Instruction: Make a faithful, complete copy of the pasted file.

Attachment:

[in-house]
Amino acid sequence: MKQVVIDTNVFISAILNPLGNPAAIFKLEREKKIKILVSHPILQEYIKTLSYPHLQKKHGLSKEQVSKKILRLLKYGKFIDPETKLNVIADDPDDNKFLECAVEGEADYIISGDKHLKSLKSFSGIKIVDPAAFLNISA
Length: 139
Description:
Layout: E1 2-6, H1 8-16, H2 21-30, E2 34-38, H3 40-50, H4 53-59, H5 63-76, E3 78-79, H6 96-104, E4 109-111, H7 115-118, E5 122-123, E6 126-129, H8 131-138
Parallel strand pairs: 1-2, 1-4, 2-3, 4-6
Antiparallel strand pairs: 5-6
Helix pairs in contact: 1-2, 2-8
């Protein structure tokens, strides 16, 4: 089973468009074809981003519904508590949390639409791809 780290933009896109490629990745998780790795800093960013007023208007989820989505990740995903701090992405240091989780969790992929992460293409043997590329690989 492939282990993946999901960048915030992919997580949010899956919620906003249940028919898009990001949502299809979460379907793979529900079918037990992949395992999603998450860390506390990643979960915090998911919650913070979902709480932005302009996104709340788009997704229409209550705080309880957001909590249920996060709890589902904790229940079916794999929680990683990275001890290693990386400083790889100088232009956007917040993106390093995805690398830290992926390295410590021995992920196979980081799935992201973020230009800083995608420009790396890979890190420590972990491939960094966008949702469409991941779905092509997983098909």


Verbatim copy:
[in-house]
Amino acid sequence: MKQVVIDTNVFISAILNPLGNPAAIFKLEREKKIKILVSHPILQEYIKTLSYPHLQKKHGLSKEQVSKKILRLLKYGKFIDPETKLNVIADDPDDNKFLECAVEGEADYIISGDKHLKSLKSFSGIKIVDPAAFLNISA
Length: 139
Description:
Layout: E1 2-6, H1 8-16, H2 21-30, E2 34-38, H3 40-50, H4 53-59, H5 63-76, E3 78-79, H6 96-104, E4 109-111, H7 115-118, E5 122-123, E6 126-129, H8 131-138
Parallel strand pairs: 1-2, 1-4, 2-3, 4-6
Antiparallel strand pairs: 5-6
Helix pairs in contact: 1-2, 2-8
């Protein structure tokens, strides 16, 4: 089973468009074809981003519904508590949390639409791809 780290933009896109490629990745998780790795800093960013007023208007989820989505990740995903701090992405240091989780969790992929992460293409043997590329690989 492939282990993946999901960048915030992919997580949010899956919620906003249940028919898009990001949502299809979460379907793979529900079918037990992949395992999603998450860390506390990643979960915090998911919650913070979902709480932005302009996104709340788009997704229409209550705080309880957001909590249920996060709890589902904790229940079916794999929680990683990275001890290693990386400083790889100088232009956007917040993106390093995805690398830290992926390295410590021995992920196979980081799935992201973020230009800083995608420009790396890979890190420590972990491939960094966008949702469409991941779905092509997983098909």